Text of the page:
Blue Hill Fair
High Gas Prices Hurt Turnout,  But the Skillet Toss Was Hot

By James Straub

BLUE HILL — Though attendance was off slightly this year, not all vendors at the Blue Hill Fair were hurt by the lower numbers.

Bud Gilmore, owner of Smokey’s Greatest Show, said sales for the rides he provides on the midway were up a bit this year. The fair’s traditional and new attractions also scored a big hit with the thousands of people who made their way to Blue Hill.


Daniel Hughes of Orland shows off one of his Highland Cattle.

PHOTO BY steve pappas

Fair director Rob Eaton said overall attendance for the five-day fair was about 3,000 fewer than last year’s mark of about 30,000.

He said reports he’s getting from food vendors suggest that sales were down this year, though some vendors said sales were up slightly.

“There’s really no rhyme or reason to that,” Eaton said, adding that food sales likely would be affected by lower attendance.

The weather was just about perfect every day.

But Eaton said the consensus among parking attendants and other fair workers is that gas prices contributed to the decline in attendance.

“Everybody’s been yakking about the price of gas going over $3 over the weekend,” Eaton said. “A lot of people that travel distances still came to the fair, but not as many days.”

He said that fair-goers who in the past would travel to the fair on two or three days came only once this year.

Though they were at the fair less, they likely spent the same amount of money they would have spent in three days, which could explain why Smokey’s enjoyed an increase in sales, he said.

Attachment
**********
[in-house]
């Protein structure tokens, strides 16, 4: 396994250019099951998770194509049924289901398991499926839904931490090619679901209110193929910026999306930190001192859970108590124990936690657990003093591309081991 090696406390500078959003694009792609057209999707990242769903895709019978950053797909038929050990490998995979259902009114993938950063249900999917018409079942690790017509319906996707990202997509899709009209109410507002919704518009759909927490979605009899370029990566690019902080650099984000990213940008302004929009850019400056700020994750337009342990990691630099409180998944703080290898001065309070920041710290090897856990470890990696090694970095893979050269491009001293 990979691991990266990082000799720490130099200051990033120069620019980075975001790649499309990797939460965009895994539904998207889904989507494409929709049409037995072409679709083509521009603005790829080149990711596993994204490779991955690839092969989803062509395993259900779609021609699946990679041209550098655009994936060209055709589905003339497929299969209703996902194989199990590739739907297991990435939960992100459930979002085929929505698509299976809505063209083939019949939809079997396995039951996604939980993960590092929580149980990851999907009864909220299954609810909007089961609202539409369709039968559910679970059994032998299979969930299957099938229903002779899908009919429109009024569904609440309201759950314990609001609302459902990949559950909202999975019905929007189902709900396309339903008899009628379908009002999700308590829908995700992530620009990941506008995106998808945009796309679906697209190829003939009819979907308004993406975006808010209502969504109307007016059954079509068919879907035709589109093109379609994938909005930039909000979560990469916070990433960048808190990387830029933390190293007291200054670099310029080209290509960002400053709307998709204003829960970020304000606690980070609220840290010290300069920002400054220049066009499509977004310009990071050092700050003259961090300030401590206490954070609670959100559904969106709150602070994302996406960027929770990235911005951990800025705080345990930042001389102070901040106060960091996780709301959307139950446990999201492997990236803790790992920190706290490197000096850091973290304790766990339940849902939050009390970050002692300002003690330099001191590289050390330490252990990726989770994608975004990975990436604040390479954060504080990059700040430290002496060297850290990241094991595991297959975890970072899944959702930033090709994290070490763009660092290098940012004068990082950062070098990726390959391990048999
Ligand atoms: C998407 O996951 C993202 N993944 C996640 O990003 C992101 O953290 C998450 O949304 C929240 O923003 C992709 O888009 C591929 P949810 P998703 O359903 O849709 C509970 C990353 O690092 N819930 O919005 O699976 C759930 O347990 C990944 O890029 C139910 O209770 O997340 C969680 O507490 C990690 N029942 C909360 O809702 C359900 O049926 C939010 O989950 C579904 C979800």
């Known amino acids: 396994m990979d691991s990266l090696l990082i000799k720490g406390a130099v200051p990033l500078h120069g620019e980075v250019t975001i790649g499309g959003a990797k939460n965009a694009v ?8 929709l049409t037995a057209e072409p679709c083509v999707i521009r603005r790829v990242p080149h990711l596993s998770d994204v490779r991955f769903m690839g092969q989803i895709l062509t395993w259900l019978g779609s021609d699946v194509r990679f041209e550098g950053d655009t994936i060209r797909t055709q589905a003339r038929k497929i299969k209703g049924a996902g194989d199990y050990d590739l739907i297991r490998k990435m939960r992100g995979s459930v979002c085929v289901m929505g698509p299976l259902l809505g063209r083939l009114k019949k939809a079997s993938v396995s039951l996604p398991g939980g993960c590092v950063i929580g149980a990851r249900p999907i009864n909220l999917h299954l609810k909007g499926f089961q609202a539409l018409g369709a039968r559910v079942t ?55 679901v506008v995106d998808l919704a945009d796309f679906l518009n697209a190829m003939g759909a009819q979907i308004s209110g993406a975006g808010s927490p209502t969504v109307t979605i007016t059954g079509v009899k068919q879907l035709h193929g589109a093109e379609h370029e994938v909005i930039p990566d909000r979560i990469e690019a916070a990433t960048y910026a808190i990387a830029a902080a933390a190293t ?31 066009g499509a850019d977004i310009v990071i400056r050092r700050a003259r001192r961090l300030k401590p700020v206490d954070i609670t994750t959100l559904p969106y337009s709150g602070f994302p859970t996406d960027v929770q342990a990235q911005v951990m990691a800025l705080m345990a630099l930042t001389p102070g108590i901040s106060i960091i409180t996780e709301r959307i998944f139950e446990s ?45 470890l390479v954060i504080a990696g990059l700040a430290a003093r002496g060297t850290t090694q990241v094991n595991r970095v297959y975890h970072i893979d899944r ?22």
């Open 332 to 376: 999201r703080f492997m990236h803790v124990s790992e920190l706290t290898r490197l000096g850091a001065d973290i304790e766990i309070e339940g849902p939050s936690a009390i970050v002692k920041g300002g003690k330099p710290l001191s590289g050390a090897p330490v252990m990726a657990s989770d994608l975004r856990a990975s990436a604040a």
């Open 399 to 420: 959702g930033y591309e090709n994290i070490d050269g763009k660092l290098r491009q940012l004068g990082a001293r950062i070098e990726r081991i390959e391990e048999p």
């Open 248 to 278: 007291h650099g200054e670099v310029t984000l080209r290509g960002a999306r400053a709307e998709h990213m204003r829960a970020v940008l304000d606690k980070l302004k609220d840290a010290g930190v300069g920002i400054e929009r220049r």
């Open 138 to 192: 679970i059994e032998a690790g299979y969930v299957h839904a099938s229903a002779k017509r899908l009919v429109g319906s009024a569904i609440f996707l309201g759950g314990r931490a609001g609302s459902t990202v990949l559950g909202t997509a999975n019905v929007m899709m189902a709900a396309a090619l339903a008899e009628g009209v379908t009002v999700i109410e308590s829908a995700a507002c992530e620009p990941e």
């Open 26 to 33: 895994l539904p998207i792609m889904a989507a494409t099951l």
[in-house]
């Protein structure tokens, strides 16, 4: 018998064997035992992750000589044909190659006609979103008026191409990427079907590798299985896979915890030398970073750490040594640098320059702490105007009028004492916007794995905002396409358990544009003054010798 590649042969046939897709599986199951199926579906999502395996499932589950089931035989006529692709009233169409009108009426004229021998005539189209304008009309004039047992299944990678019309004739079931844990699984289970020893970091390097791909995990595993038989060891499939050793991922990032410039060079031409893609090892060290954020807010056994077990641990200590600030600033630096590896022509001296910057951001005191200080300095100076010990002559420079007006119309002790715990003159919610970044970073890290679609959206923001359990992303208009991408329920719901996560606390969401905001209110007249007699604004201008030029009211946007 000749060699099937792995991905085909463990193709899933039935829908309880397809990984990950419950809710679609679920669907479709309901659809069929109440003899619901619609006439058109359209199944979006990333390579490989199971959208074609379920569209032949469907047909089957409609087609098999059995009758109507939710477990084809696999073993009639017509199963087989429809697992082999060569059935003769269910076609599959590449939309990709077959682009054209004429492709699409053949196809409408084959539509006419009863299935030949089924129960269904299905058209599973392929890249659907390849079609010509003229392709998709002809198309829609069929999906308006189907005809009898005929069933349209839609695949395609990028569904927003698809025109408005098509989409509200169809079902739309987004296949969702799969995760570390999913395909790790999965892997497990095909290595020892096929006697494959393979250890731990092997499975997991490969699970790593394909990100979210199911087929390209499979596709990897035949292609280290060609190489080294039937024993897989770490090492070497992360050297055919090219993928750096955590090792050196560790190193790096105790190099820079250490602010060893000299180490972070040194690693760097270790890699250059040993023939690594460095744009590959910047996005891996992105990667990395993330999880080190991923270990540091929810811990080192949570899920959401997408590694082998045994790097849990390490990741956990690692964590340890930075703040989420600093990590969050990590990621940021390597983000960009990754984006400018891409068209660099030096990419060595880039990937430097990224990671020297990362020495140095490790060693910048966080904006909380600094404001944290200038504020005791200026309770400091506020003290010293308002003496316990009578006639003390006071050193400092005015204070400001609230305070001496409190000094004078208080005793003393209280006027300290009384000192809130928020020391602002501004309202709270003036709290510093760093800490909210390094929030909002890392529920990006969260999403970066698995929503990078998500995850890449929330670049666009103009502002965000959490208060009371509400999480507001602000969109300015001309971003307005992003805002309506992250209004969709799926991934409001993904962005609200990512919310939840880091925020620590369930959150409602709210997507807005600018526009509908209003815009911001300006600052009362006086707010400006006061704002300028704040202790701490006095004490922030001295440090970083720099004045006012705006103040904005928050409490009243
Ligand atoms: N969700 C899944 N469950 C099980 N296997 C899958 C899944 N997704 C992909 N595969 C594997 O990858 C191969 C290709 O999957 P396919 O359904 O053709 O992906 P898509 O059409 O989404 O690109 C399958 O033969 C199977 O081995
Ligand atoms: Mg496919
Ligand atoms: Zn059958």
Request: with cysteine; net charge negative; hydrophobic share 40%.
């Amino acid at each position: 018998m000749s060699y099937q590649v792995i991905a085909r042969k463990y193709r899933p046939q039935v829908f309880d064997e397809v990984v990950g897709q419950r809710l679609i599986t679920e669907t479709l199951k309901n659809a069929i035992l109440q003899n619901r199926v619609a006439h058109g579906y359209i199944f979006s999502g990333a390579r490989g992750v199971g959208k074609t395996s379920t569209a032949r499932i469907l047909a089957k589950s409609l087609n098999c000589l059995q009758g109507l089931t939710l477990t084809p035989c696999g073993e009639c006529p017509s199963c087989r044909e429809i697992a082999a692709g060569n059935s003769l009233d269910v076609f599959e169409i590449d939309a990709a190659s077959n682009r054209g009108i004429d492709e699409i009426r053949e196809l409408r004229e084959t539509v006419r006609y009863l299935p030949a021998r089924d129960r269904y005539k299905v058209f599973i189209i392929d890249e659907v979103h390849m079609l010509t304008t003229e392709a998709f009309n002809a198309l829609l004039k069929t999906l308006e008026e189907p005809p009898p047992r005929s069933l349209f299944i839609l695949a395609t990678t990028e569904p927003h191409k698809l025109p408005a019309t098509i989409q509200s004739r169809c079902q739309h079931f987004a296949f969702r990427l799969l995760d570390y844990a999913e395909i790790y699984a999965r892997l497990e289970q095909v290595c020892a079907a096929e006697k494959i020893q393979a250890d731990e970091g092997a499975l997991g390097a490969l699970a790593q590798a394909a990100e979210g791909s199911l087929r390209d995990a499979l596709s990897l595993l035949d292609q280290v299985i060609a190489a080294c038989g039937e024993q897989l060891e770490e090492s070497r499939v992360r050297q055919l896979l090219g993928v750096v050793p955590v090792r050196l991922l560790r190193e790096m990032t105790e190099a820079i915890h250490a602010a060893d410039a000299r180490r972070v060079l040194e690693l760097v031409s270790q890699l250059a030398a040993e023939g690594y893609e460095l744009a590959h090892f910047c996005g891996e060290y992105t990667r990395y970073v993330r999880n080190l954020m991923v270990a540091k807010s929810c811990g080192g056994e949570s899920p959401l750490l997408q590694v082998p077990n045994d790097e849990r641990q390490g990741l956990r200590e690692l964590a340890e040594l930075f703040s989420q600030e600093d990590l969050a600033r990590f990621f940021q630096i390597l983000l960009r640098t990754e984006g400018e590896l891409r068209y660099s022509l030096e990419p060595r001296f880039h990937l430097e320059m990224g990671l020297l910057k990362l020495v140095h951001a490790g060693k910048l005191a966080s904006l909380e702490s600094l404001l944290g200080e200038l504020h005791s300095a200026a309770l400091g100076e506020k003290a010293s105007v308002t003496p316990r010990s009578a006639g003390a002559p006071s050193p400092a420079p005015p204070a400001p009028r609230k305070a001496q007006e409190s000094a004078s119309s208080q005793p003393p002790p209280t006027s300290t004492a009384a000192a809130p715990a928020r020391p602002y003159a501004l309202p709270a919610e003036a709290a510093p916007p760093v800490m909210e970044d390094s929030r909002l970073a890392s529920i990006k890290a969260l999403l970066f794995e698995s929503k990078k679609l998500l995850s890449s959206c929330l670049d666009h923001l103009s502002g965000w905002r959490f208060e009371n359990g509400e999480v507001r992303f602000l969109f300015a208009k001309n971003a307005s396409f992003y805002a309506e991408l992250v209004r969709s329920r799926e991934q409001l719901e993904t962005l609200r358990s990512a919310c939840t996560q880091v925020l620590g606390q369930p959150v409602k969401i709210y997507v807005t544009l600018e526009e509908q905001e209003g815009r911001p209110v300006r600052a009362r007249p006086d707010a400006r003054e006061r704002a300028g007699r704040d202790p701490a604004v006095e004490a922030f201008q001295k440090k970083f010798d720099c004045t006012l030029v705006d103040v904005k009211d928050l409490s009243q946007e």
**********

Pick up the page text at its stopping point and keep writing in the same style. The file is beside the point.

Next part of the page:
The 800-seat grandstand was nearly filled and a crowd of spectators gathered at each end of the “tossing” course for the fair’s first installment of the Intercontinental and Greater Hancock County Championship Women’s Skillet Toss.

Nearly 100 women entered the contest, setting up a contagious spirit of fun between participants and audience.

“I had no idea what to expect,” Eaton said. “I knew there was a little buzz about it around Blue Hill. I thought it would be a success if it drew 40 participants.

“It kind of blew me away, the number that watched it and enjoyed it. I can’t remember having any more fun with a fair event. It was the best bang we’ve gotten for a buck in a long time.”

Eaton was also pleased by the turnout for the Bellamy Brothers, the country music duo who closed the fair Monday night.

“They were fantastic and drew really well,” Eaton said. “They were well received by a real good crowd. We got a lot of bang for our buck out of them, too.”

Eaton said fair officials were pleased with a new parking scheme that eliminated traffic backups as workers “put a lot of cars and a lot of people” inside the fairgrounds quickly.

The fair accomplished its ultimate goal.

“Overall, everybody seemed to enjoy themselves,” Eaton said. “That’s why we do it. Now, I’m just looking forward to getting ready to do another one.”  

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